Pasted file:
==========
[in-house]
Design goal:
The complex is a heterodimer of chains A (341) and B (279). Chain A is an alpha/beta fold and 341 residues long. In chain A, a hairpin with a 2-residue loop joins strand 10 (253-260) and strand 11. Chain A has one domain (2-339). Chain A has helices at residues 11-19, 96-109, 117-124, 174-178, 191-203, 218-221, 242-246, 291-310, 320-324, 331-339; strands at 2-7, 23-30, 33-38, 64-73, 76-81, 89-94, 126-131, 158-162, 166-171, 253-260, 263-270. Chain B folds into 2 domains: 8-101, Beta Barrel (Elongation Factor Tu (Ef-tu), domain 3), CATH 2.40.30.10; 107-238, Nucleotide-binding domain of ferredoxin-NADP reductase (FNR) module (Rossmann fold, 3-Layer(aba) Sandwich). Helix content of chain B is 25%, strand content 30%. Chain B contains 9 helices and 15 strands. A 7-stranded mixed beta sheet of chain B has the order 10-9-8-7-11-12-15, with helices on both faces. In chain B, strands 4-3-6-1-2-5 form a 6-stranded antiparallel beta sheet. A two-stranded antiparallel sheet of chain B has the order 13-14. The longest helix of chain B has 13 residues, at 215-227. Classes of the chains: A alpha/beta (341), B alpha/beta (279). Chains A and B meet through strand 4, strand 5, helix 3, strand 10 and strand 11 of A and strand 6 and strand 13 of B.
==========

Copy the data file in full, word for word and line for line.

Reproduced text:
[in-house]
Design goal:
The complex is a heterodimer of chains A (341) and B (279). Chain A is an alpha/beta fold and 341 residues long. In chain A, a hairpin with a 2-residue loop joins strand 10 (253-260) and strand 11. Chain A has one domain (2-339). Chain A has helices at residues 11-19, 96-109, 117-124, 174-178, 191-203, 218-221, 242-246, 291-310, 320-324, 331-339; strands at 2-7, 23-30, 33-38, 64-73, 76-81, 89-94, 126-131, 158-162, 166-171, 253-260, 263-270. Chain B folds into 2 domains: 8-101, Beta Barrel (Elongation Factor Tu (Ef-tu), domain 3), CATH 2.40.30.10; 107-238, Nucleotide-binding domain of ferredoxin-NADP reductase (FNR) module (Rossmann fold, 3-Layer(aba) Sandwich). Helix content of chain B is 25%, strand content 30%. Chain B contains 9 helices and 15 strands. A 7-stranded mixed beta sheet of chain B has the order 10-9-8-7-11-12-15, with helices on both faces. In chain B, strands 4-3-6-1-2-5 form a 6-stranded antiparallel beta sheet. A two-stranded antiparallel sheet of chain B has the order 13-14. The longest helix of chain B has 13 residues, at 215-227. Classes of the chains: A alpha/beta (341), B alpha/beta (279). Chains A and B meet through strand 4, strand 5, helix 3, strand 10 and strand 11 of A and strand 6 and strand 13 of B.